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Case Number 04136

Buy Somewhere In Dreamland: The Max Fleischer Color Classics at Amazon

Somewhere In Dreamland: The Max Fleischer Color Classics

VCI Home Video // 2003 // 270 Minutes // Not Rated
Reviewed by Judge Bill Treadway (Retired) // March 23rd, 2004

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All Rise...

The Charge

The definitive collection!

Opening Statement

Highly acclaimed upon their original release, the 36 shorts that make up Max Fleischer's unique Color Classics series have, in recent times, not received the proper respect from historians. Through TV and public domain video exposure, the shorts have remained in the public eye. Now VCI Entertainment, in association with Kit Parker Films, has issued 35 of these classic shorts in a two-disc set.

Facts of the Case

A Brief History of the Fleischer Studios
After a successful career as a newspaper cartoonist, Max Fleischer joined Popular Science Weekly, which satisfied his love of gadgetry and scientific novelties. It was during this tenure that Fleischer got the idea to create animated cartoons. He invented the rotoscope, an invention that filmed live action footage from which animation could be traced. With his brother Dave, Fleischer made Out of an Inkwell (1918). It was the screen debut of Koko the Clown, the first animated film star (who would become a sidekick for Betty Boop). Paramount Pictures liked what they saw and signed the Fleischer brothers to a long-term contract. Their Koko film series lasted until 1929.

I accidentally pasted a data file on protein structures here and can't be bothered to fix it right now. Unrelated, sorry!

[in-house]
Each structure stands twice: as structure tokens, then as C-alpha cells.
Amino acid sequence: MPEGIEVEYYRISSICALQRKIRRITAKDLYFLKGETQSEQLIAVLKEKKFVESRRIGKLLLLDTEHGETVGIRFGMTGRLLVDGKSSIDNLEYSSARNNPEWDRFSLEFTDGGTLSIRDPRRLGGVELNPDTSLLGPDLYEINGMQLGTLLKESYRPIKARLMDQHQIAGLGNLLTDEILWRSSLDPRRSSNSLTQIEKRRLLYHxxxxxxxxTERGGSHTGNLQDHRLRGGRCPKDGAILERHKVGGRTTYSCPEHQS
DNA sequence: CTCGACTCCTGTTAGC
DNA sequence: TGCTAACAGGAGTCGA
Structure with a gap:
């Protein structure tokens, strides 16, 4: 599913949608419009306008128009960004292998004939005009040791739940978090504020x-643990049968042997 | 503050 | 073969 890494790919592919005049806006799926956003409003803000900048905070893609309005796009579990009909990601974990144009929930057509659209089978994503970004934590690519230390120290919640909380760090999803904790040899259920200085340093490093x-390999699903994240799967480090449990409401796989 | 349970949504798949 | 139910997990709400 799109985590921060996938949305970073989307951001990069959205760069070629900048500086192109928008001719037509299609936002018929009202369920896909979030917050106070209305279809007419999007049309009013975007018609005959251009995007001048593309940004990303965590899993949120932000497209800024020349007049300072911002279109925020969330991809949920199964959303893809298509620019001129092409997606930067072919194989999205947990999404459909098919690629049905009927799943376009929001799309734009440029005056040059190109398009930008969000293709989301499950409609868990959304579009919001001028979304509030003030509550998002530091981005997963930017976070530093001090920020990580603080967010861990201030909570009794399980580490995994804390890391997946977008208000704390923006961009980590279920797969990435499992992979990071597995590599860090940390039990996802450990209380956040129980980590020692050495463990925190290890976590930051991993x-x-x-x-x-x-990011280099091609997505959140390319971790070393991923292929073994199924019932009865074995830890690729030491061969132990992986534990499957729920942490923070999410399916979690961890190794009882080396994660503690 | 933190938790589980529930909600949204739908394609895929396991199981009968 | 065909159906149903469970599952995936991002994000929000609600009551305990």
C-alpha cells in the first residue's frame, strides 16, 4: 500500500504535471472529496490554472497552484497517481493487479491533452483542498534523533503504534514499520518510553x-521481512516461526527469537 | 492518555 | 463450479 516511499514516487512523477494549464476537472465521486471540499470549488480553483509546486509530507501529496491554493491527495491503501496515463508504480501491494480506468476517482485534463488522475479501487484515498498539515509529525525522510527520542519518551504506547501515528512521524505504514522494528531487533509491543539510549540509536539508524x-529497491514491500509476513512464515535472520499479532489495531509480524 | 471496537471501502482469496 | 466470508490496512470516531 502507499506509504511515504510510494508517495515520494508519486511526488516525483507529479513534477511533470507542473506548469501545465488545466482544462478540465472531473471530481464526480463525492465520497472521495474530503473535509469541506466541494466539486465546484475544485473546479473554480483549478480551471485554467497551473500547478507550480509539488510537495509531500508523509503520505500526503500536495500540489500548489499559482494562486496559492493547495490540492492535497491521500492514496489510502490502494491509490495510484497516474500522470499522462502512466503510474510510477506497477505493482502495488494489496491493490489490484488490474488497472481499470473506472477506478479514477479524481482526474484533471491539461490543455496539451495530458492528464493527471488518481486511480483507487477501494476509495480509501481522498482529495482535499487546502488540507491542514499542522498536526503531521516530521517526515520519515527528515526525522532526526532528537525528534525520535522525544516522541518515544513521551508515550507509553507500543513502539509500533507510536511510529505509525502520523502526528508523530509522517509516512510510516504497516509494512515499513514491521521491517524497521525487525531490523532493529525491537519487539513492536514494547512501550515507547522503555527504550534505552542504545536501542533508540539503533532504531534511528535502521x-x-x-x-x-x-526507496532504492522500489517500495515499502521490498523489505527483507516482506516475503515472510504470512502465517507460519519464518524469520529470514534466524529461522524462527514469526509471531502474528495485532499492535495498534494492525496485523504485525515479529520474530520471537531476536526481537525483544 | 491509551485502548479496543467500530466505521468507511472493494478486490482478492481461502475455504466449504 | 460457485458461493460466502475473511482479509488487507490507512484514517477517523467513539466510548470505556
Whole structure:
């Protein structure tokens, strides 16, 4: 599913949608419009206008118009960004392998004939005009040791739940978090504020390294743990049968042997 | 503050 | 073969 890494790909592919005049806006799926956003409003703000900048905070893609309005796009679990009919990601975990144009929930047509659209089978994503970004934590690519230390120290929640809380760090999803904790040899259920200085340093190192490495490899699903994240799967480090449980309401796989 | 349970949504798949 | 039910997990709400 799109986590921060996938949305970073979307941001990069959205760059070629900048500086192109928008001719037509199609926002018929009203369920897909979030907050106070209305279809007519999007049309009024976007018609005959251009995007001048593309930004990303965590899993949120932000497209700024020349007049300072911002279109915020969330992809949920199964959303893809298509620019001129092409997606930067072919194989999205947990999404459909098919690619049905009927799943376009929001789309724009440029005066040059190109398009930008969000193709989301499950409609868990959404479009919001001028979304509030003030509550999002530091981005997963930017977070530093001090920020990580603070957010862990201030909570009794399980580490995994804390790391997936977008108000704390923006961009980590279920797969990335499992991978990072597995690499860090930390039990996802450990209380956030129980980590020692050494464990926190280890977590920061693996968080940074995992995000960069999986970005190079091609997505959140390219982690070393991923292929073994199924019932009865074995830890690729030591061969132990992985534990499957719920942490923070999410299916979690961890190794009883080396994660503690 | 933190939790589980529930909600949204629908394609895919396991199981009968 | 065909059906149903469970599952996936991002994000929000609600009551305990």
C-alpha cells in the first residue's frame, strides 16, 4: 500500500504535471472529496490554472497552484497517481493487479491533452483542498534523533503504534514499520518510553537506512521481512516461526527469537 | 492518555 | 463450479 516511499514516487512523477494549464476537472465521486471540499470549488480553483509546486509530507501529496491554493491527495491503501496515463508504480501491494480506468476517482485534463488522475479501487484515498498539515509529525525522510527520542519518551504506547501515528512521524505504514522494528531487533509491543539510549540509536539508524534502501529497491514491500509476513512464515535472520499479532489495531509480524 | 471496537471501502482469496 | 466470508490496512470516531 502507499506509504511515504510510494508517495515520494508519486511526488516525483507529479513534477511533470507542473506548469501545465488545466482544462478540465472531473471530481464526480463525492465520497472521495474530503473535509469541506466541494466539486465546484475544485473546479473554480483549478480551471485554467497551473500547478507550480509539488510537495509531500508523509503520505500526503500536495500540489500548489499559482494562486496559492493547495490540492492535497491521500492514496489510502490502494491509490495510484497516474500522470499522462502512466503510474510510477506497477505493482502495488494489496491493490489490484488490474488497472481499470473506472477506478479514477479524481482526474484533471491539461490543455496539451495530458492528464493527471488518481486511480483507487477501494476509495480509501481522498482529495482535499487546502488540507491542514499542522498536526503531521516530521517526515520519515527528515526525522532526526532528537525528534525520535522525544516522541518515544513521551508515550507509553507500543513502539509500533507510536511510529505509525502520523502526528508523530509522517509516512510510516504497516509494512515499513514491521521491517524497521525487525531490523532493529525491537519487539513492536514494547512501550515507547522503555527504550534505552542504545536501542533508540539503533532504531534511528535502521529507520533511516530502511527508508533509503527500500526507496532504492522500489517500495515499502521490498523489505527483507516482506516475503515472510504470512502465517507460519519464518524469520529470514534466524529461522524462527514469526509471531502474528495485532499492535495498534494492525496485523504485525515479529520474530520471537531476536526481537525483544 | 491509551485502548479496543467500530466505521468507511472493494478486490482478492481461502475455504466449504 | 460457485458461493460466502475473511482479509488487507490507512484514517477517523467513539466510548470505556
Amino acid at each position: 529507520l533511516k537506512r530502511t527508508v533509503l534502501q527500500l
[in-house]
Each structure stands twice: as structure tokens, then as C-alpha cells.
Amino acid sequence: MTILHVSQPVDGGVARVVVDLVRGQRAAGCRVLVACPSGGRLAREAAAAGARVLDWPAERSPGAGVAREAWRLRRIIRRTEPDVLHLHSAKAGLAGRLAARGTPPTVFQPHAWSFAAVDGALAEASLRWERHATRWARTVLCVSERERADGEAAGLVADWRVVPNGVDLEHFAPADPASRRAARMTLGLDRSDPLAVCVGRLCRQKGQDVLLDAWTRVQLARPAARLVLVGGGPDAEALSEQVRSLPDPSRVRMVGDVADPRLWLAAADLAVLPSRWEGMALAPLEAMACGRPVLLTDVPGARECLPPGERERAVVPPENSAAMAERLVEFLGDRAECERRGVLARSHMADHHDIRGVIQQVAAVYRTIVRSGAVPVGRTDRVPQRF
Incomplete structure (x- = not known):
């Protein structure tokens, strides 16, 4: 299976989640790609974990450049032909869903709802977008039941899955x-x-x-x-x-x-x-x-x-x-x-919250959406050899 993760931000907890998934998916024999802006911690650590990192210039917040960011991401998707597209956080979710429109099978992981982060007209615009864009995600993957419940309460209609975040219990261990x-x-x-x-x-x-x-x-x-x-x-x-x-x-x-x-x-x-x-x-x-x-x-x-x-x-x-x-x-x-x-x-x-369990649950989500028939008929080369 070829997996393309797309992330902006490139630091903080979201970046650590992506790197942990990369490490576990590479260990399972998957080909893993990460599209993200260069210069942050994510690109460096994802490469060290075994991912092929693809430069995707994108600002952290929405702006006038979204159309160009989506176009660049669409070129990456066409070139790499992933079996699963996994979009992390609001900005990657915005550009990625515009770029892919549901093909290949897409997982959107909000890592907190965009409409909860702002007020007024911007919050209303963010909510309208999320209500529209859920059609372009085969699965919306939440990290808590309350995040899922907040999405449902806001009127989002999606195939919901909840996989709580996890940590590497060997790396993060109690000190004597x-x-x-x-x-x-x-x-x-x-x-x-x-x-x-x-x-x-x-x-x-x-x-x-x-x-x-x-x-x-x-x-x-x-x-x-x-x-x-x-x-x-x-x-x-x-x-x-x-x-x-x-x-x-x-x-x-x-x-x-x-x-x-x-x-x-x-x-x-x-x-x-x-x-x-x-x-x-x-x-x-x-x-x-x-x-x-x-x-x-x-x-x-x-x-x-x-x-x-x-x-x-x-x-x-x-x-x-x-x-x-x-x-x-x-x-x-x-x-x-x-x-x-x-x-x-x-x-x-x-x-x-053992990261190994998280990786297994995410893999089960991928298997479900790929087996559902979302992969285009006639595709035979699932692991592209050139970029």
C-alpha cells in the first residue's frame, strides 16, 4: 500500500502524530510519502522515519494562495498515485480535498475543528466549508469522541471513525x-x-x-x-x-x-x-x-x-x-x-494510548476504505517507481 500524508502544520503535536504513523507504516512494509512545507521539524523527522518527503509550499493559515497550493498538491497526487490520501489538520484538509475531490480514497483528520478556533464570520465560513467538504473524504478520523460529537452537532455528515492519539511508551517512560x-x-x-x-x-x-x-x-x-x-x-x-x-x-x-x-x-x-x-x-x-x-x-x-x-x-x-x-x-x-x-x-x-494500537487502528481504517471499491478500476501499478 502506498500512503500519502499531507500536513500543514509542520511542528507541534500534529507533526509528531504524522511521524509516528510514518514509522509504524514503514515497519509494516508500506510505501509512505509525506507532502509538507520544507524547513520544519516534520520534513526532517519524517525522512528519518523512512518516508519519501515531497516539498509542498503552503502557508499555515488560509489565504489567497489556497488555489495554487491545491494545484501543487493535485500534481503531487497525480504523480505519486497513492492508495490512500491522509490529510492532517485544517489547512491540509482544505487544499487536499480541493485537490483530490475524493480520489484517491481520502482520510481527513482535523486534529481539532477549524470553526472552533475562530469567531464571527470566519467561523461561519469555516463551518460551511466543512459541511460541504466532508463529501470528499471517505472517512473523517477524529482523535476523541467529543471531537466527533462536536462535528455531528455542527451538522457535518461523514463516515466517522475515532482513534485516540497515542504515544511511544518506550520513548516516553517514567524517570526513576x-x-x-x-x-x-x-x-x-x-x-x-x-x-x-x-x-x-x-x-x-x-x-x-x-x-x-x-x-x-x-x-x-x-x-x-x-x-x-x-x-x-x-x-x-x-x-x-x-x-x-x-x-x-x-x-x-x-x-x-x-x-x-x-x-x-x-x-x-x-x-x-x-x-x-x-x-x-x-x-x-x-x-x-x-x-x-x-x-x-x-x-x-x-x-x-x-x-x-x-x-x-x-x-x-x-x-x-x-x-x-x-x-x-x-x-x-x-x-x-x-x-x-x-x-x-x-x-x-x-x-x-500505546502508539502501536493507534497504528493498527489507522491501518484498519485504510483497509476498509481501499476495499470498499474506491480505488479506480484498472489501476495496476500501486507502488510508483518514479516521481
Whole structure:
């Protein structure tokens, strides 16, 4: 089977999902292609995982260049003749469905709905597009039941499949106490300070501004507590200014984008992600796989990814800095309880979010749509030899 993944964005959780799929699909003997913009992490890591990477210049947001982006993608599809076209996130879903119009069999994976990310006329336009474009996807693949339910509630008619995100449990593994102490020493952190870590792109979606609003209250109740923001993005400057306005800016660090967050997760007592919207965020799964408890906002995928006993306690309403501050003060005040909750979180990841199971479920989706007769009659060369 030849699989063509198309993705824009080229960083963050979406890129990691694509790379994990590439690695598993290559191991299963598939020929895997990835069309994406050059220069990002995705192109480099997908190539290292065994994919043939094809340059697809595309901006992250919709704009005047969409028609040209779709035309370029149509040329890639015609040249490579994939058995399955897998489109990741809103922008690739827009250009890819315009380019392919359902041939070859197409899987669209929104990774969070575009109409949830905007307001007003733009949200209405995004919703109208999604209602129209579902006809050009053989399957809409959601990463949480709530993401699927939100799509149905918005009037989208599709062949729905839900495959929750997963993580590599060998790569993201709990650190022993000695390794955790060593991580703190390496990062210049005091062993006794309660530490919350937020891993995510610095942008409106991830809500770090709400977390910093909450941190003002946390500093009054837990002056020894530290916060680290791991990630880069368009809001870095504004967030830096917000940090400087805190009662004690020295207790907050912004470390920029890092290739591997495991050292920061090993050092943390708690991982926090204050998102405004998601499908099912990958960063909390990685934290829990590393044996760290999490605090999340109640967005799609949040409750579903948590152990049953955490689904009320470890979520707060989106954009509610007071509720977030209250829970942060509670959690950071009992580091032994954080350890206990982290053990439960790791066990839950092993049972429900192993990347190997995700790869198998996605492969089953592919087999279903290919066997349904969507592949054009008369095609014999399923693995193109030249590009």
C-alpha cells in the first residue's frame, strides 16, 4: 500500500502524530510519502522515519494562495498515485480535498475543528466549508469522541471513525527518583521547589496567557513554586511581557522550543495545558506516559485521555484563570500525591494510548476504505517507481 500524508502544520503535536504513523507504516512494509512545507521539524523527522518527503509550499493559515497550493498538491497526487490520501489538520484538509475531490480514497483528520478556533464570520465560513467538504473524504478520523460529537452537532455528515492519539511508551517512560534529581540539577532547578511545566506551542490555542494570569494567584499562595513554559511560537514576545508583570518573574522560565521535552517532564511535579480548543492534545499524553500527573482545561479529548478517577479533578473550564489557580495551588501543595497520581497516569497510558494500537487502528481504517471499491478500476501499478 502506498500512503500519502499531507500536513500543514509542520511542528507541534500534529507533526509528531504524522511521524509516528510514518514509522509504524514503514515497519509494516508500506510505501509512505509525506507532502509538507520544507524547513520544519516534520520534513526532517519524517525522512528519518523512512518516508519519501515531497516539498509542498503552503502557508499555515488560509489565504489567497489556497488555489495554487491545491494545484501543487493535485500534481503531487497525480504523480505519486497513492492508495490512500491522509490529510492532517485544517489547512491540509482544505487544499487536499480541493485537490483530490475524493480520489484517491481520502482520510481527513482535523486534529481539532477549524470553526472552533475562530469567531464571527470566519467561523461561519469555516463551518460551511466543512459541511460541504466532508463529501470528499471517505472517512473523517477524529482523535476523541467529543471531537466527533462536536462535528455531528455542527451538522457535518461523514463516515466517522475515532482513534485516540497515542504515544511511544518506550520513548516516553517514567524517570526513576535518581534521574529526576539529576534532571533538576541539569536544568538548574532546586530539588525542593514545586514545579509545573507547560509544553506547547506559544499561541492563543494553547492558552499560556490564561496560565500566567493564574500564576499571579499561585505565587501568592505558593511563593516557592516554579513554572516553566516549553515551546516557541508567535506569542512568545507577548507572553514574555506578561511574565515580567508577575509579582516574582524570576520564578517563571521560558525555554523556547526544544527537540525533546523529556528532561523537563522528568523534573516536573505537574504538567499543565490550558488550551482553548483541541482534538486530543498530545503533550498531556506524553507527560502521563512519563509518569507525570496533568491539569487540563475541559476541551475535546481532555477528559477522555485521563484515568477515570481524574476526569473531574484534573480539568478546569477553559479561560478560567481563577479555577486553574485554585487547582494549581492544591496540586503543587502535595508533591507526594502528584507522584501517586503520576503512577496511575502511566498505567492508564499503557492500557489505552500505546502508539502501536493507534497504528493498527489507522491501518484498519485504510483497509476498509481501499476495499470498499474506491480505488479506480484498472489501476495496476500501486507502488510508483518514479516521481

It was during that period, 1924 to be exact, that Max Fleischer began to experiment with sound in his cartoons. Utilizing his rotoscope, he created the Screen Song film series. These cartoons often blended live action and animation. A popular song of the day would be performed as the centerpiece, with a large bouncing ball encouraging the audience to sing along. Critics dismissed the sound cartoons as a novelty. Thus, it was Walt Disney who received credit for the first sound cartoon in 1928 with Steamboat Willie.

In 1930, the Fleischer Studios made their first serious reputation with the creation of Betty Boop. The first Boop cartoon, Dizzy Dishes, became a smash. Betty remained popular until the mid-1930s, when the Production Code forced the shorts to be radically toned down. By then, however, the Fleischers had a new ace up their sleeves—the celluloid debut of Popeye the Sailor.